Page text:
On Feb. 10, 2012, the emir of al Qaeda, Ayman al-Zawahiri, officially accepted Somalia's al-Shabab movement's pledge of allegiance. In a video statement, Zawahiri crowed that such displays indicate that "the jihadi movement is growing with God's help." This may have been true just before and after the 9/11 attacks, when "homegrown" jihadi extremists in Western countries and regional affiliates valued the al Qaeda brand. But today, al Qaeda's core organization in Pakistan is battered, the effort to spur homegrown jihadists in the West has faltered, and its regional affiliates are more often losing ground than gaining it.
Public displays of unity don't change the reality that -- more than a decade after their greatest triumph -- al Qaeda's central leadership and its affiliates are generally in decline.
After 9/11, al Qaeda's model seemed destined to spread. The plan was to support and inspire affiliate organizations, from the Philippines through Indonesia and into South Asia, Iraq, the Arabian Peninsula, and Africa. The central leadership would organize major attacks and develop propaganda while al Qaeda's web of regional partners traded their local reach for the use of a global brand that helped attract recruits, financial donors, and attention.
Affiliates from Indonesia to Iraq seemed to gain ground, spreading al Qaeda's ideology to reject Western cultural and political influence among local governments and conducting major attacks that showed their relevance. At least five close allies or co-branded al Qaeda affiliates conducted a major operation during the mid-2000s: Jemaah Islamiyah in Bali and Jakarta, al Qaeda's followers in Riyadh in 2003 and afterward, Abu Musab al-Zarqawi and other foreign fighters in Iraq, and groups in Algeria and Yemen against targets from oil facilities to U.N. offices. And new battlegrounds showed promise: Al-Shabab surged into Mogadishu, and the Pakistani Taliban threatened Pakistan's government.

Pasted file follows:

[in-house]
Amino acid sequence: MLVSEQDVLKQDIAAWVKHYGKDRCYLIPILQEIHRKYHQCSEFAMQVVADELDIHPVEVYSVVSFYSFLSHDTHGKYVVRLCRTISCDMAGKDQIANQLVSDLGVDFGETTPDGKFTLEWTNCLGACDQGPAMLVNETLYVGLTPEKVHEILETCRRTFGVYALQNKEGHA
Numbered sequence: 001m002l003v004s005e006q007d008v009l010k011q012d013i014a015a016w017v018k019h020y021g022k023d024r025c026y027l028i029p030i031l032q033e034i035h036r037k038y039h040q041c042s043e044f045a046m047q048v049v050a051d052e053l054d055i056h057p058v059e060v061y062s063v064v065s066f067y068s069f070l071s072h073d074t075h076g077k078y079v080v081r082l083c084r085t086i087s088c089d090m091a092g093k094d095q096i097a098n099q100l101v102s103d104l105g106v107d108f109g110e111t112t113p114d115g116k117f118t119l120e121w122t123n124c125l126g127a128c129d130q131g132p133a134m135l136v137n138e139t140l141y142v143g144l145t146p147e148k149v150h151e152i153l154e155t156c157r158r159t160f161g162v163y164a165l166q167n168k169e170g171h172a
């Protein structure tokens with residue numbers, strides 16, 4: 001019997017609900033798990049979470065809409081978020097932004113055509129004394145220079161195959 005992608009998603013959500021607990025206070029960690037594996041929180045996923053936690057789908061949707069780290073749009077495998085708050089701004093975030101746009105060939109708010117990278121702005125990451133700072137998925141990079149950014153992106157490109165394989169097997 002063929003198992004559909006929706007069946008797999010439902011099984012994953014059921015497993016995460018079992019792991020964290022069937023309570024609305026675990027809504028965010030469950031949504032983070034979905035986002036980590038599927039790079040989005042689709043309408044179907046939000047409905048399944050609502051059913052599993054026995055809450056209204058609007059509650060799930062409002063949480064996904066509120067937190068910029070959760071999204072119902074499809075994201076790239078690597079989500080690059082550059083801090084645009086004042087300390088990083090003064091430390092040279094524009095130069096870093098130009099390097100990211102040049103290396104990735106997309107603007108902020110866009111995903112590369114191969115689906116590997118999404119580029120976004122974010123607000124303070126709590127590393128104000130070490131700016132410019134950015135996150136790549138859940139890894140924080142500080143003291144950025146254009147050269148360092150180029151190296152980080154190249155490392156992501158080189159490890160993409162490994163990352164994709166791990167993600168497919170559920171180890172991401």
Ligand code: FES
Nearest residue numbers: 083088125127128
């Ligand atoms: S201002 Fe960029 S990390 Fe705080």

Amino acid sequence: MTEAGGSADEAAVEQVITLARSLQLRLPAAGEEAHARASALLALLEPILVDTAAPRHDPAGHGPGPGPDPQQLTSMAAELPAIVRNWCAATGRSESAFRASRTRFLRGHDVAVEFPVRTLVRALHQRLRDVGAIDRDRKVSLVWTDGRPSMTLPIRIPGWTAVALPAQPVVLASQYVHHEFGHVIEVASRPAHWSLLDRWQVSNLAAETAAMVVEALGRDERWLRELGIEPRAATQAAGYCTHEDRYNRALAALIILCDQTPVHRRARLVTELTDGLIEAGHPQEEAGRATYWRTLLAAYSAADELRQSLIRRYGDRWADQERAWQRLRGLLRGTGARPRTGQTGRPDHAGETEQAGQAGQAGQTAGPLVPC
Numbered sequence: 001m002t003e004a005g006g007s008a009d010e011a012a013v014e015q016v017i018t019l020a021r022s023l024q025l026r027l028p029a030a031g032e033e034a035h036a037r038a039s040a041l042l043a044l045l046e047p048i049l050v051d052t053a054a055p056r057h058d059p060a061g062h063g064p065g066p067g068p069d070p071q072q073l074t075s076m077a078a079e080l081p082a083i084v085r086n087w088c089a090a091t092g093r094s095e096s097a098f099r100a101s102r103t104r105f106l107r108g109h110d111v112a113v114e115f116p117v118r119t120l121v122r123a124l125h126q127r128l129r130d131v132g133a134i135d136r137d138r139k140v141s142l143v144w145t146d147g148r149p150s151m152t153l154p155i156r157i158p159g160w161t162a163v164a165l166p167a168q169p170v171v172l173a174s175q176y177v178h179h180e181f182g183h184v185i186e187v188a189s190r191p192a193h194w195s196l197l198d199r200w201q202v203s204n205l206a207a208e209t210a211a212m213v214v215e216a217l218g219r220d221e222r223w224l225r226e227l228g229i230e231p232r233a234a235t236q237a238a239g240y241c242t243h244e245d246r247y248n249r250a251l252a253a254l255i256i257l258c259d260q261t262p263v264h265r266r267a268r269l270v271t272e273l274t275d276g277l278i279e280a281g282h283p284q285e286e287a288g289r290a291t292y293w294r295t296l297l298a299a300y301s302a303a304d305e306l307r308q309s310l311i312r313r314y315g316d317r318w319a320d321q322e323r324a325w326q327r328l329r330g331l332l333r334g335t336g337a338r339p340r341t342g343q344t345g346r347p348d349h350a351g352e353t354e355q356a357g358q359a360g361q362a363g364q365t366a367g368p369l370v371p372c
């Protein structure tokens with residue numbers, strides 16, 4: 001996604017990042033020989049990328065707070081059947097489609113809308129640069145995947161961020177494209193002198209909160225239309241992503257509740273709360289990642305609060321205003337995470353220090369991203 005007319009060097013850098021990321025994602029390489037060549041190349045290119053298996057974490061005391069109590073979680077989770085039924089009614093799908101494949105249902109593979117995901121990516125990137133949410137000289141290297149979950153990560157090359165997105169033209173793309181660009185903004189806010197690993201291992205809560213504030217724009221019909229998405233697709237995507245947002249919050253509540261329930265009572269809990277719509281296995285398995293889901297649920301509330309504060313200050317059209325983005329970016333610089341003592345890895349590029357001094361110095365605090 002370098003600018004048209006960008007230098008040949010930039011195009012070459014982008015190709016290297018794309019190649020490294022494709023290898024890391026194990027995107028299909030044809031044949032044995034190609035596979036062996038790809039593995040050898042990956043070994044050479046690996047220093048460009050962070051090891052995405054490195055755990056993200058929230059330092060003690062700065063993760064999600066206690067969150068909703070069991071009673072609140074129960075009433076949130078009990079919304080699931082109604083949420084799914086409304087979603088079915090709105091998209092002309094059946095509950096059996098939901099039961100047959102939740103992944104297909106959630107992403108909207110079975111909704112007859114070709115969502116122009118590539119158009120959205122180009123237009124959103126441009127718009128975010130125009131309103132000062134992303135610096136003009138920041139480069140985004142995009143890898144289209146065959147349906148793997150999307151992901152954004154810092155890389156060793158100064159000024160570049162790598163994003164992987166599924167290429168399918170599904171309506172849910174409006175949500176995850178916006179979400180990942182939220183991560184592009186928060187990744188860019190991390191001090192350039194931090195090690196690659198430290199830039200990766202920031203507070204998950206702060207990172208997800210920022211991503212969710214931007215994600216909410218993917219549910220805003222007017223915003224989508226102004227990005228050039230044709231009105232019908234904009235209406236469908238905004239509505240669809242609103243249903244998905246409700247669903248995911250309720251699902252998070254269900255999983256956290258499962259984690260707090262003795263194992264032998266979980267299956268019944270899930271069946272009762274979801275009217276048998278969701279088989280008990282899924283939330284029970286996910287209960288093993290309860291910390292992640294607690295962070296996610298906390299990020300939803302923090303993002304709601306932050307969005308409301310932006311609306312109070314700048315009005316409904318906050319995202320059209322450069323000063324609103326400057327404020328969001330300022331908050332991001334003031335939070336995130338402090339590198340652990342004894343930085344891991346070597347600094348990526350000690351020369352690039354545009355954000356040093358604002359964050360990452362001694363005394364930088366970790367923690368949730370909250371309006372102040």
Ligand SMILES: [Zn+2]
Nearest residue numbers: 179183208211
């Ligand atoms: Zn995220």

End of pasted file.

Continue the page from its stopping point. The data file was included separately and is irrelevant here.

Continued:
Al Qaeda's expansion was particularly worrisome in regions where extremists could play on deep Islamist roots within the population. Indonesia, with a long history of Islamist politics, harbored the best-organized group beyond core al Qaeda. The string of attacks in Saudi Arabia looked like it might represent growing extremism among the conservative population of the Arabian Peninsula. Jihadists gathered in Iraq, which they considered this generation's Afghanistan, igniting sectarian tensions and briefly threatening to dominate swaths of western Iraq.
Yet a decade later, the strategy is faltering in almost every arena. Some affiliates remain focused on local agendas; others have been crippled by their own mistakes and operational successes against them. Two legs of al Qaeda's three-legged stool, the core group in Pakistan-Afghanistan and the affiliates, are weak. The third leg, so-called homegrown jihadists, has not shown the capability to pose more than a modest threat. Al Qaeda's allies are lethal and broadly dispersed, but they show little sign of producing the global revolution they espouse.
So what happened?
Al Qaeda was partially a victim of its own violent success. Political overreach and excessive violence undercut its claim to be a protector of Islam in the face of Western imperialism. Those failures have proved debilitating during the Arab Spring, where al Qaeda has been a sideshow to tech-savvy young people and more mainstream Islamist groups. Al Qaeda's schizophrenic reaction to the revolt in Libya -- backing the popular movement against Muammar al-Qaddafi but warning against the Western support for the uprising that helped the opposition succeed -- is symptomatic of a leadership that wants to stay relevant but has little street appeal. Al Qaeda's contortions reflect its desire to remain relevant in a dynamic news cycle by embracing wide-ranging affiliates, an approach that carries risk because many potential affiliates have little operational capability.